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Marx and Critical Theory examines Marx’s main philosophical, political and social theoretical ideas. Its purpose is twofold: making sense of the concepts and theses of Marx, and showing that they remain relevant for contemporary critical theory. Part One focuses on Marx’s conception of philosophy. Part Two analyses the Marxian primacy of the practical. Part Three is devoted to Capital and the critique of political economy. This book will be useful for those who want to deepen their understanding of Marx’s main ideas, as well as for those who want to clarify what is at stake in contemporary debates about the ways in which contemporary critical theory could or should refer to Marx.
Editor: Fuat Gursozlu
Peace, Culture, and Violence examines deeper sources of violence by providing a critical reflection on the forms of violence that permeate everyday life and our inability to recognize these forms of violence. Exploring the elements of culture that legitimize and normalize violence, the essays collected in this volume invite us to recognize and critically approach the violent aspects of reality we live in and encourage us to envision peaceful alternatives. Including chapters written by important scholars in the fields of Peace Studies and Social and Political Philosophy, the volume represents an endeavour to seek peace in a world deeply marred by violence. Topics include: thug culture, language, hegemony, police violence, war on drugs, war, terrorism, gender, anti-Semitism, and other topics.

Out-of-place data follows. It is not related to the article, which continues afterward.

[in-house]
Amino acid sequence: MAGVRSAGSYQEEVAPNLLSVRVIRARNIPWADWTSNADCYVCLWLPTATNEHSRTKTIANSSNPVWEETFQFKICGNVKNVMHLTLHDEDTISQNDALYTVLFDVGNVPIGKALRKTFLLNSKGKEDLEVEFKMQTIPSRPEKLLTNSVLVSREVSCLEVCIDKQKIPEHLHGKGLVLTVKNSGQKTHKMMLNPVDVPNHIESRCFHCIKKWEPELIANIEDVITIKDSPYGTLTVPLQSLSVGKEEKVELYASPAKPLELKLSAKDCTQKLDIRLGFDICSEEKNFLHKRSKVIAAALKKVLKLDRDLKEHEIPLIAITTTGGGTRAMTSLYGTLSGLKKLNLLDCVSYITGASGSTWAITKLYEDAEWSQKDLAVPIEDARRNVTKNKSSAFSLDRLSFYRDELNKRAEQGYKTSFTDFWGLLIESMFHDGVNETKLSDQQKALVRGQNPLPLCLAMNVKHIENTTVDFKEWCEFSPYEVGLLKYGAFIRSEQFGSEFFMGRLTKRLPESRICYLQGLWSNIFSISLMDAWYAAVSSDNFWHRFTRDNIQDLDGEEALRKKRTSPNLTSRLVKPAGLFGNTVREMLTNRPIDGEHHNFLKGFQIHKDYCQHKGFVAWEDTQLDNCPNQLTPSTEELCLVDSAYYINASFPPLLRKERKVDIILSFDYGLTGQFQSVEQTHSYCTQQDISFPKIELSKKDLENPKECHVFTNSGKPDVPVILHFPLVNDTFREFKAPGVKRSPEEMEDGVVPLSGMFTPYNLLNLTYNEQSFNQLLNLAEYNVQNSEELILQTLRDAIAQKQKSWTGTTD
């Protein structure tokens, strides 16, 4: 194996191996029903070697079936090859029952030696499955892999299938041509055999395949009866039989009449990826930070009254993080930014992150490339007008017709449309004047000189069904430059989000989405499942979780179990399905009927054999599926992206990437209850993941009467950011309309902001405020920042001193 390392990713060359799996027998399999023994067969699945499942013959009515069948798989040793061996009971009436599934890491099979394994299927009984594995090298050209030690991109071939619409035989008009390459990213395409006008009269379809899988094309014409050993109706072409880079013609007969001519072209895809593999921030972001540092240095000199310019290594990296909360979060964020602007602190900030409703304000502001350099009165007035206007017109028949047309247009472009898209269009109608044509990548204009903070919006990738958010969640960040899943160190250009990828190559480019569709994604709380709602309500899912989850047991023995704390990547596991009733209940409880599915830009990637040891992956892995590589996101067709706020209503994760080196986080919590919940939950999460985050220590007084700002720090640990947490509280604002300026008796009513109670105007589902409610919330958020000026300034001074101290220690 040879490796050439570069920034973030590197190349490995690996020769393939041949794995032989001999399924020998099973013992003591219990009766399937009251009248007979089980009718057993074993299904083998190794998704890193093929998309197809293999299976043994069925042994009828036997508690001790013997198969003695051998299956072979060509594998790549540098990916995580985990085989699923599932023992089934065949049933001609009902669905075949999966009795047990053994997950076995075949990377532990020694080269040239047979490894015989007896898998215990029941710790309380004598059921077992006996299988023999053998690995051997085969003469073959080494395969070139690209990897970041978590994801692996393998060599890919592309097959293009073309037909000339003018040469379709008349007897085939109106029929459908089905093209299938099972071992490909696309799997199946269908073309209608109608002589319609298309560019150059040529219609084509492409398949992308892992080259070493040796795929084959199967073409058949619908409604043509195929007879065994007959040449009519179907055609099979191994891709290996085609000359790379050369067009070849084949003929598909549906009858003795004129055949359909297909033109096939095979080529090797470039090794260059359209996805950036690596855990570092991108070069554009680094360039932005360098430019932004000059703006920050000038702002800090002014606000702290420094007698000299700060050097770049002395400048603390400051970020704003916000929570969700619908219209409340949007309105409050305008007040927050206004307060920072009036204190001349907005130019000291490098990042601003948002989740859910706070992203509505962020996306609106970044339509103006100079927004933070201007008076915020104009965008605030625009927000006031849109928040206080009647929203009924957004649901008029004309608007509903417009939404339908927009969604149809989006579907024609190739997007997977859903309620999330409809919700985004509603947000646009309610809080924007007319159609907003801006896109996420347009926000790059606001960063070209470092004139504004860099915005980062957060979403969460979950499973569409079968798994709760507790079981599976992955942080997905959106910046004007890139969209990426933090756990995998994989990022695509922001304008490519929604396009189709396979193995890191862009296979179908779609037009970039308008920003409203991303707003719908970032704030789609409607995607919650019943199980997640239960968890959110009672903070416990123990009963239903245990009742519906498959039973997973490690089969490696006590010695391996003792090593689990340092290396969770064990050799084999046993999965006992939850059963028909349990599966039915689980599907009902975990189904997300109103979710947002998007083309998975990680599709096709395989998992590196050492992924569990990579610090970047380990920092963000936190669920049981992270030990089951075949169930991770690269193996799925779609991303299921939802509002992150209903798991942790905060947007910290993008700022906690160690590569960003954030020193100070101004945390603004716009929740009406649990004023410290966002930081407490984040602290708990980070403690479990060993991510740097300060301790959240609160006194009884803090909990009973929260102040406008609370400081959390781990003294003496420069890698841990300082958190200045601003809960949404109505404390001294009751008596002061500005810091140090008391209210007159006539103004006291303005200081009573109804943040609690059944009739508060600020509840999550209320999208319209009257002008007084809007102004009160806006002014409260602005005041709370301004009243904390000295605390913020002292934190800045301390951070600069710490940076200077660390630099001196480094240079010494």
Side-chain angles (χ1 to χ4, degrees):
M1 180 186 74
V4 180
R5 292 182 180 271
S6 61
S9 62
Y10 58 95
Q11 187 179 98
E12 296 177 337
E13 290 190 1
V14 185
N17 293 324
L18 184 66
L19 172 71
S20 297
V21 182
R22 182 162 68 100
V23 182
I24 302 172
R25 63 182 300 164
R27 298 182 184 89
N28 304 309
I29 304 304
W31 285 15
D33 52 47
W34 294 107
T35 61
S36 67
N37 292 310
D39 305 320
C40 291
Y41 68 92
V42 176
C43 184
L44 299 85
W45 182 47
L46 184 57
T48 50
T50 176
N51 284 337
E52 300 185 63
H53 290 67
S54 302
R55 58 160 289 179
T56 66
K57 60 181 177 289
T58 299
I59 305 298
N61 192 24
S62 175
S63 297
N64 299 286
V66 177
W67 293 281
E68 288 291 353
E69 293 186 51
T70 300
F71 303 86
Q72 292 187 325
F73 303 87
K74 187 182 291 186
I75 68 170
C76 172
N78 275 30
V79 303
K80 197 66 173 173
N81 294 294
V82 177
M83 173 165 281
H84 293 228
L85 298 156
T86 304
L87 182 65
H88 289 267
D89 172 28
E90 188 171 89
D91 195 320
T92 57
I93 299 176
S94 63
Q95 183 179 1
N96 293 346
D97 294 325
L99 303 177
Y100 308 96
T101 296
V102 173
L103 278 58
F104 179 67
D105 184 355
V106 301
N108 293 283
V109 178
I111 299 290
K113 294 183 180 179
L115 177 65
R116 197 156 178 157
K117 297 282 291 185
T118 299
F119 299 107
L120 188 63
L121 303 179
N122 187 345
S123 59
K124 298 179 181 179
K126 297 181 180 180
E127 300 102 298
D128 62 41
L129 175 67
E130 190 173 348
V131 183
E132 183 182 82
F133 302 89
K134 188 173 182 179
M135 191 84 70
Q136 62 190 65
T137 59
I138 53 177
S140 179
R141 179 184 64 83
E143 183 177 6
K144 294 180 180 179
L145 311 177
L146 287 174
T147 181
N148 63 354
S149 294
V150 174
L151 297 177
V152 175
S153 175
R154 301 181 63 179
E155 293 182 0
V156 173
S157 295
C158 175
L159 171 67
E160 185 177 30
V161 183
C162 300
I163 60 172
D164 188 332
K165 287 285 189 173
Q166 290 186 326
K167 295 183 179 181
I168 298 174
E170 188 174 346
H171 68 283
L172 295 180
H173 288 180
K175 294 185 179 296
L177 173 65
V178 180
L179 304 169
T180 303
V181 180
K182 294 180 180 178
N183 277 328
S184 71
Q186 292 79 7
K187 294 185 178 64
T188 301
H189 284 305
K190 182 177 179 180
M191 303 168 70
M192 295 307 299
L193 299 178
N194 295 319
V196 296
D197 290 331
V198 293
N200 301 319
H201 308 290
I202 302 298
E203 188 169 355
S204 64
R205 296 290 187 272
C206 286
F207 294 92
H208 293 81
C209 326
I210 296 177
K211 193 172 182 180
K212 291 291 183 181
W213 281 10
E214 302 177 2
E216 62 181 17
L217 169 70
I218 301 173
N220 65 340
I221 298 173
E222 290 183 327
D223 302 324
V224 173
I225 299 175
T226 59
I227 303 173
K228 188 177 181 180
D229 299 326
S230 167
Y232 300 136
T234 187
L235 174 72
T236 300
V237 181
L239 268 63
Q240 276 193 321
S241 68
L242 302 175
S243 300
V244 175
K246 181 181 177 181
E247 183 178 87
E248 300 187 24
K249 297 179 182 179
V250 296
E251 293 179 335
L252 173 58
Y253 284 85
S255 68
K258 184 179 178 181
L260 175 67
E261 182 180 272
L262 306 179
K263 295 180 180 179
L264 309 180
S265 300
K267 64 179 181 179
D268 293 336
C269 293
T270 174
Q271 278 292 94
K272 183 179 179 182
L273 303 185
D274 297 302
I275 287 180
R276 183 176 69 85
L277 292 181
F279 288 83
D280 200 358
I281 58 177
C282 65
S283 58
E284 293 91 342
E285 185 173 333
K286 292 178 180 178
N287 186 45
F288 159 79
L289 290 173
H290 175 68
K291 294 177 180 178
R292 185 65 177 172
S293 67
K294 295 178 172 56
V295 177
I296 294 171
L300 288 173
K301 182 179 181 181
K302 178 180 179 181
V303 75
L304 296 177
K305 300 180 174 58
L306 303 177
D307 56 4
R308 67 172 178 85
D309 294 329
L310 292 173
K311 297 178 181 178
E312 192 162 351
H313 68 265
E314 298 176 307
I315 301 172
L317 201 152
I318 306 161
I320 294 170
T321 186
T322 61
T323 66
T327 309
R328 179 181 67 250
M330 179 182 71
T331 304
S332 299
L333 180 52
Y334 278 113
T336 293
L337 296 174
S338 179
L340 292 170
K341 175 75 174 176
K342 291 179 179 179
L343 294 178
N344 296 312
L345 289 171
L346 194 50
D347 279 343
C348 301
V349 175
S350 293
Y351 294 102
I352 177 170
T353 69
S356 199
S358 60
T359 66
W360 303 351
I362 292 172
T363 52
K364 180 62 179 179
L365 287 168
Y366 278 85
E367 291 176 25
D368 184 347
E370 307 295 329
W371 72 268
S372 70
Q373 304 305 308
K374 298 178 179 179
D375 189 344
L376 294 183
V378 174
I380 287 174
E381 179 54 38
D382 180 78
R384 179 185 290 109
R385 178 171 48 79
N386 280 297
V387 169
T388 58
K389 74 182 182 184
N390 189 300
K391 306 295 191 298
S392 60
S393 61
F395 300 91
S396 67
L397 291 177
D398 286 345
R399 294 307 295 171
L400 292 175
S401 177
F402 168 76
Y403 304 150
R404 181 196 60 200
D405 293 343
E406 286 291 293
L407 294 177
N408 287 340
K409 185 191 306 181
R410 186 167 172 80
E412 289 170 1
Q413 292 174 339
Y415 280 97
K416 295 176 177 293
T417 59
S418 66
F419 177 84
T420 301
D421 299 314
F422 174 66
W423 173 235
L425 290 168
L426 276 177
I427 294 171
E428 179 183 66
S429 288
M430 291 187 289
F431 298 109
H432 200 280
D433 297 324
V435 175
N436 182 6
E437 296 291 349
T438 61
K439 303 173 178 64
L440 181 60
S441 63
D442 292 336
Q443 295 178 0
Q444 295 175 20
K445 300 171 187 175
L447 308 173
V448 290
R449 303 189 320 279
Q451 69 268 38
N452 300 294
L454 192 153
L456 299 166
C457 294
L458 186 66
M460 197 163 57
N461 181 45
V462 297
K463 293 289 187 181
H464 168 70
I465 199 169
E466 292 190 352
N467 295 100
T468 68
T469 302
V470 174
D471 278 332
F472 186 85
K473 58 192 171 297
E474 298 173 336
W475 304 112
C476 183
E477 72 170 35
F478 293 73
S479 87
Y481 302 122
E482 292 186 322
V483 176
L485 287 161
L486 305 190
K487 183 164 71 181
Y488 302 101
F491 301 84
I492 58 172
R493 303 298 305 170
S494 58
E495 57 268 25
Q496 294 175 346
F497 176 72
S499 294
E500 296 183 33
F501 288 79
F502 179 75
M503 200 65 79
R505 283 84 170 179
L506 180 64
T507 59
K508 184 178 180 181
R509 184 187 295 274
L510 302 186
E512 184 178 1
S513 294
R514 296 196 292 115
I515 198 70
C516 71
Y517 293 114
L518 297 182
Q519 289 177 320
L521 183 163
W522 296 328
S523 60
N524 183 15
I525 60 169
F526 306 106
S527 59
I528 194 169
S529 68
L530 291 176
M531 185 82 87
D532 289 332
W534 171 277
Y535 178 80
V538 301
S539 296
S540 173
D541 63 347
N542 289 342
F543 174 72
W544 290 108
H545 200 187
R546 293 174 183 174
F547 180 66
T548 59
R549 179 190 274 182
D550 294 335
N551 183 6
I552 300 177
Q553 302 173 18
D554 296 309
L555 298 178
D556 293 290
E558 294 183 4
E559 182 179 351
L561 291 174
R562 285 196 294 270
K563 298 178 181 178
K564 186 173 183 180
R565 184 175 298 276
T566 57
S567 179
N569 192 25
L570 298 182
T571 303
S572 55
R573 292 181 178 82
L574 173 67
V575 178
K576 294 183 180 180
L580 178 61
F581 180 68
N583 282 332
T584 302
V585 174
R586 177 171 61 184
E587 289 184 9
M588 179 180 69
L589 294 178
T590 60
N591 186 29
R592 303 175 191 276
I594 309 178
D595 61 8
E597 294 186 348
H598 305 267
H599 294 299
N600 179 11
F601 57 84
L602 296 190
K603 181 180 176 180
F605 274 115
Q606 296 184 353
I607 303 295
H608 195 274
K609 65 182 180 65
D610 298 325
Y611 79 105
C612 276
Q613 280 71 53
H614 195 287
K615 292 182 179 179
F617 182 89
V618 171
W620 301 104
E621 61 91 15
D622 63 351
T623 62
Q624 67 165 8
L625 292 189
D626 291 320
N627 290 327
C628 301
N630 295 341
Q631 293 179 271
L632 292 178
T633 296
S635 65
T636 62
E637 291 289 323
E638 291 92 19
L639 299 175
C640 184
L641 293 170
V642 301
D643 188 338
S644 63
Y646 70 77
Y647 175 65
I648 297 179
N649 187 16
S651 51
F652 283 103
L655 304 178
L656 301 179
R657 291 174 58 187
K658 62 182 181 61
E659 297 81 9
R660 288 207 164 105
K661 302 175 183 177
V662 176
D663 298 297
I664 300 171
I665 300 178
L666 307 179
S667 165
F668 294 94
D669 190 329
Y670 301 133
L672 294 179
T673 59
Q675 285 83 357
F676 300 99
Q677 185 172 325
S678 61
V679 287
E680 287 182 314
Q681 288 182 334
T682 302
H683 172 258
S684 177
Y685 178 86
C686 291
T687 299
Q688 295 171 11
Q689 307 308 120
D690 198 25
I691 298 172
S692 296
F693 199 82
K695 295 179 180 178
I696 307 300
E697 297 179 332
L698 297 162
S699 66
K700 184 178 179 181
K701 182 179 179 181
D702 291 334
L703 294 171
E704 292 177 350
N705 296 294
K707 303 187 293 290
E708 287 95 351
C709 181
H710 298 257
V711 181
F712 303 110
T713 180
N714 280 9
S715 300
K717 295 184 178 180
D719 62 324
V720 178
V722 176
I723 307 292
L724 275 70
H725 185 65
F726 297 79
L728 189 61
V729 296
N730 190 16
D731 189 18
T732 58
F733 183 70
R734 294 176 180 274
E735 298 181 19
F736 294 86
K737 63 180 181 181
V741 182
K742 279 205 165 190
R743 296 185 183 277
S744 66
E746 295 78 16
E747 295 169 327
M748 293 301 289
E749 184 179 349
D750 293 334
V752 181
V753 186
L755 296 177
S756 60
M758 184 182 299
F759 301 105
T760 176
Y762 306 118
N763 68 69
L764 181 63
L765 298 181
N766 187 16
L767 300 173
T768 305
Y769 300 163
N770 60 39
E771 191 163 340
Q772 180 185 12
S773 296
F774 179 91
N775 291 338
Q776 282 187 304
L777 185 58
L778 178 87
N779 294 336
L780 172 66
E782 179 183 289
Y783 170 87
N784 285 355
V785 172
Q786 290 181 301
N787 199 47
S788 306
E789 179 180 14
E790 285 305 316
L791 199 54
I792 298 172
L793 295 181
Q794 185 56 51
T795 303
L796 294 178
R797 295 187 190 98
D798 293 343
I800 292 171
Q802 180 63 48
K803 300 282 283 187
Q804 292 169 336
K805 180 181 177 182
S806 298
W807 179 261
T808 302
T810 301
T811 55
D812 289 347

Contributors are: Amin Asfari, Edward Demenchonok, Andrew Fiala, William Gay, Fuat Gursozlu, Joshua M. Hall , Ron Hirschbein, Todd Jones, Sanjay Lal, Alessandro Rovati, Laleye Solomon Akinyemi, David Speetzen, and Lloyd Steffen.
Volume Editor: G. John M. Abbarno
This new and expanded edition of G. John M. Abbarno’s anthology The Ethics of Homelessness underscores what is ignored in plain sight: people without a home or dwelling are also without privacy and dignity. It is argued that they lack moral standing. The chapters uncover the harsh realities of poverty where economic value overrides competing human values. Naomi Zack argues that homelessness is symbolic of society’s materialistic values. It has a tendency to resist sufficient charity and perpetuates conditions of injustice. Uma Narayan questions whether the homeless have protection under the U.S. Constitution. Other authors present an enlarged sphere of homeless to include runaway children, refugees, adoptees and the disabled. The book demonstrates the value of applied philosophy.